"Shatter Your Belief in Reality"
"If You're Going to Play, You Need to Bring Your Balls"
"Payback Is a Bastard"
"Estonia's Lavishly Produced New Historical Thriller"
"These Guys Are the Hero of Recession Era?" [sic]
"He's Scarier. He's Hairier. He's Terrier!"
"Nice to Have Your Friends for Dinner"
"The Crystal Meth House Is Haunted"
"One Will Die for Every Incorrect Answer"
"Share This Story with Your Love, She Will Laugh with You"

Amidst all of this, the latest and laudably reviewed film by Hirokazu Kore-eda, which makes it all even weirder. And also the Junebug scribe is finally back, penning a policier for Robert De Niro and Edward Norton. And then, with even less hoopla, a Soderbergh-produced film with Michael Douglas, Susan Sarandon, Danny DeVito, and Mary-Louise Parker? What went wrong there? And why is Liliana Cavani, of Night Porter fame, making sunny-looking Einstein biopics?

Also: you're only hurting yourself if you don't click over my thumbnail image and relish not just the title and the premise but the headlining stars of this production. Out of the blue, indeed. Now, raise your hands if you're ready to admit that you'd rather watch Mega Shark vs. Giant Octopus or Gnaw or whatever this is than Map of the Sounds of Tokyo or Johnny Halliday in Vengeance.

P.S. Too good to be true!! This debuts on DVD tomorrow, and as the 513th best-selling DVD on Amazon, which I'm sure you'll agree is Not Nothing.

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Sunday, May 24, 2009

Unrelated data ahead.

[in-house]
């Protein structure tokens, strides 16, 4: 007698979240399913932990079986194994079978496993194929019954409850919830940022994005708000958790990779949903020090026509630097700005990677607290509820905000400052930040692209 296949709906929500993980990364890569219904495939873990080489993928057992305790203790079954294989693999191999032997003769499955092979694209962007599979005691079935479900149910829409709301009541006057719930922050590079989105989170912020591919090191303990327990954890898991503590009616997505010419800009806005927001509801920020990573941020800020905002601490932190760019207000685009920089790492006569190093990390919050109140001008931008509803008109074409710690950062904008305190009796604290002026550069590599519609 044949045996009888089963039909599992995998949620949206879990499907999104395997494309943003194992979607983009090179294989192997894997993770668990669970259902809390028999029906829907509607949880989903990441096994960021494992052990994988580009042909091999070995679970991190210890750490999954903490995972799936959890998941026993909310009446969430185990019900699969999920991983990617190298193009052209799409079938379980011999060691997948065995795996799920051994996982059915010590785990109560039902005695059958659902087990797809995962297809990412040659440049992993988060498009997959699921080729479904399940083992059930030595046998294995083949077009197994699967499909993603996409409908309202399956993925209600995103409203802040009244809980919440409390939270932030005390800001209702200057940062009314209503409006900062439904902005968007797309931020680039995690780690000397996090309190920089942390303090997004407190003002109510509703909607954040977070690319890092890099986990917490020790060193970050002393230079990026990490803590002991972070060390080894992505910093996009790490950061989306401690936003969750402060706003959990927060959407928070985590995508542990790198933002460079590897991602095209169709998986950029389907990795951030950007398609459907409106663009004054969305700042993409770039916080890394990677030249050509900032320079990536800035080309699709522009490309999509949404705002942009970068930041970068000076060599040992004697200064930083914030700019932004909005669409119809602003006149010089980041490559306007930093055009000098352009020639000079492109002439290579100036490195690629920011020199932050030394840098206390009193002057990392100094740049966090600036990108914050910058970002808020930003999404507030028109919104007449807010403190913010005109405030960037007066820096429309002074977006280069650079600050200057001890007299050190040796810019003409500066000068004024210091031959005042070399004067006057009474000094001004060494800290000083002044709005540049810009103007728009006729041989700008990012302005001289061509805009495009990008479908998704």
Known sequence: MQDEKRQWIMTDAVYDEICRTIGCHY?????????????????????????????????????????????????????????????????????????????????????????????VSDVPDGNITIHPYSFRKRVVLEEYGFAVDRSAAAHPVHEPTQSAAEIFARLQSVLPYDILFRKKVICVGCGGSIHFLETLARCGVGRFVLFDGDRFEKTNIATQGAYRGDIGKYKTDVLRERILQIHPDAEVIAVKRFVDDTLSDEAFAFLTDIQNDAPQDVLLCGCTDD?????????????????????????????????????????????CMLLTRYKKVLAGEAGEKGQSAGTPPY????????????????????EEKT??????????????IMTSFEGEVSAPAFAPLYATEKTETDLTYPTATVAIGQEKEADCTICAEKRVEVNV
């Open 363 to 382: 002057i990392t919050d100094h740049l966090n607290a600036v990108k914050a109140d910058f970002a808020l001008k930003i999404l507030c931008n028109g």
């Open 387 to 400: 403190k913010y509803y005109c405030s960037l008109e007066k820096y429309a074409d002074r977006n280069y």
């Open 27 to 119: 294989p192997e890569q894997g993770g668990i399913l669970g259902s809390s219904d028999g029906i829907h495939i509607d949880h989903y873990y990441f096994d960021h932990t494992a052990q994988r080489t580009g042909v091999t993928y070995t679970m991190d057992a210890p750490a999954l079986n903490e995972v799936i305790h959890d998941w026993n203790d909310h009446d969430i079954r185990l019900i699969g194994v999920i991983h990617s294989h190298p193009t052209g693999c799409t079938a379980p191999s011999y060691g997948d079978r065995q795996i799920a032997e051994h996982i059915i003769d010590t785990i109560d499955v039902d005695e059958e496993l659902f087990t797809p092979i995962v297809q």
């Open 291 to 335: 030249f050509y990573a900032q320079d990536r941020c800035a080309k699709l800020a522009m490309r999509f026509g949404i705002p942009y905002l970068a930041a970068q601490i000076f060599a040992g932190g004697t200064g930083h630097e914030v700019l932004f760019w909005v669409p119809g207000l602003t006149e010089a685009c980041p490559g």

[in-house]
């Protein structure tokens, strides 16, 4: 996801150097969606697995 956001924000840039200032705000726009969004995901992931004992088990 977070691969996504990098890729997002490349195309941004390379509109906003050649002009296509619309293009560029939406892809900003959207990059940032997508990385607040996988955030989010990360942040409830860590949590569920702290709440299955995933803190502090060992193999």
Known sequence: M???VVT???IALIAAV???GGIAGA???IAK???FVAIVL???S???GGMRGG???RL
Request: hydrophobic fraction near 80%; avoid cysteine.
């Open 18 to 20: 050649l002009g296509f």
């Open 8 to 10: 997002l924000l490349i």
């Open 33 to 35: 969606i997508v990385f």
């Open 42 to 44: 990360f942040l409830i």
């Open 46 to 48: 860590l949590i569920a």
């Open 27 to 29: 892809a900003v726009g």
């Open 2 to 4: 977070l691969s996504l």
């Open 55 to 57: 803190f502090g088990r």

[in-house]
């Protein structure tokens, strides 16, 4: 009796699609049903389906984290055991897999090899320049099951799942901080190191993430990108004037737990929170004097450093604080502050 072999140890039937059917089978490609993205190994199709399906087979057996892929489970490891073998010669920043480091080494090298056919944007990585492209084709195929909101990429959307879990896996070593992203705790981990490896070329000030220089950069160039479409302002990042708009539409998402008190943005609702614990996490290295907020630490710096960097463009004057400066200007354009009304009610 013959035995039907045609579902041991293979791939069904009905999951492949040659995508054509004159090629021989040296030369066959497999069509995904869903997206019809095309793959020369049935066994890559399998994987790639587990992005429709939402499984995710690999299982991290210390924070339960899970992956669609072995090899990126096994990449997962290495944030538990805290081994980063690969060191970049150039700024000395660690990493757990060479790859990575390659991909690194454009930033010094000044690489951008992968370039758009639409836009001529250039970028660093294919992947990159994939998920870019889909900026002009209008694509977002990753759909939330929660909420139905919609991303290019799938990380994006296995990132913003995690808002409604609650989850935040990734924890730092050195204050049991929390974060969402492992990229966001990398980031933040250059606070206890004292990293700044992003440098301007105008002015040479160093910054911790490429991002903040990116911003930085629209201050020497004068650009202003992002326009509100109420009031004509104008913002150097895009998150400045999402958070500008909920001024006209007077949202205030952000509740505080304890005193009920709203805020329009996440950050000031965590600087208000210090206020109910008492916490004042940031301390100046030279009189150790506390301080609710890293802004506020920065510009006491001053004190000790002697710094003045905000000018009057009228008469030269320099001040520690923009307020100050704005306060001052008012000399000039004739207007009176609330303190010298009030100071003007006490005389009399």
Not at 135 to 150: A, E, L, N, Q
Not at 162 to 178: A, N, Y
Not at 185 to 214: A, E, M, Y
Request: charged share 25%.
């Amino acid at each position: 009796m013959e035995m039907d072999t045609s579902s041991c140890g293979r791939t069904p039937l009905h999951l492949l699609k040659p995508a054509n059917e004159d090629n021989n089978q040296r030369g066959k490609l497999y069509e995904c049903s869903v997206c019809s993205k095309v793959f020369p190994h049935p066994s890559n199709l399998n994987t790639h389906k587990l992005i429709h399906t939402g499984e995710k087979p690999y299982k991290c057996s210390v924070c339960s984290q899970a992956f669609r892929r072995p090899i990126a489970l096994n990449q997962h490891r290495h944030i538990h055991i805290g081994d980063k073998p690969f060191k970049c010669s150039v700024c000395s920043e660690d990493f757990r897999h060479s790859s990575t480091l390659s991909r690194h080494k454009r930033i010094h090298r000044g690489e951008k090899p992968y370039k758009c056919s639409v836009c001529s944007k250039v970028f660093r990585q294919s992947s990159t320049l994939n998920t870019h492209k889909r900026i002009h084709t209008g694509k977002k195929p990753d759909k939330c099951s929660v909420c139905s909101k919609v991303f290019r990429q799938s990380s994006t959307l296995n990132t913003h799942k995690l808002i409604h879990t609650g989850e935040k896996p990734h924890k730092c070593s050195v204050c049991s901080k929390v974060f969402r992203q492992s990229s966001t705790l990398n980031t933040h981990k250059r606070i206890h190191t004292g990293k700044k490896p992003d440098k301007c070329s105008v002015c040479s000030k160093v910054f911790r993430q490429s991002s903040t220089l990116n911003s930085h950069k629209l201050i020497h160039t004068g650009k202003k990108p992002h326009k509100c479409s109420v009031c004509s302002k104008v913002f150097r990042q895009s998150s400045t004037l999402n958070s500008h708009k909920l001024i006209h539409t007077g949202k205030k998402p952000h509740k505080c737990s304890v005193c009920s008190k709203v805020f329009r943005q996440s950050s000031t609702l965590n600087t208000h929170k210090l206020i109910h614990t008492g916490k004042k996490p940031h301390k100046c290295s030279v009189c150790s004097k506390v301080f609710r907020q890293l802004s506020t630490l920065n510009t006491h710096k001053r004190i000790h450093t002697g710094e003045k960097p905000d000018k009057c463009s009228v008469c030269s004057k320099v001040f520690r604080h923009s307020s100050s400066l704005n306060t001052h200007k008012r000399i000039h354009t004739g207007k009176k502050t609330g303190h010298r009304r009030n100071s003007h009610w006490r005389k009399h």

Cannes Winner Realities

As I believe I indicated before proceeding into a massive list of errors, I am awesome at forecasting the prize winners at Cannes. You're probably reeling from my uncanny knack for prognostication. Granted, if you lop off my two top predictions for the Palme, neither of which scored a single thing, nor did the one film that I predicted to cop two awards, I cited most of the right movies but in the wrong contexts: my "this is too obvious" canards about The White Ribbon and A Prophet translated into denials of the obvious, and the jury got excited about Wild Grass, Fish Tank, and Kinatay. I always wish the Technical Grand Prize were compulsory, and I haven't heard anything about the Ecumenical Jury's pick, which is usually interesting—all the more so since I just yesterday saw Adoration, their '08 selection—but all in all, this slate of prize winners (indexed in greater depth here) promises some provocative nights at the movies in the next, oh, 18 months or so that it will take American distributors to get them all into theaters, if even then. Hold out hope.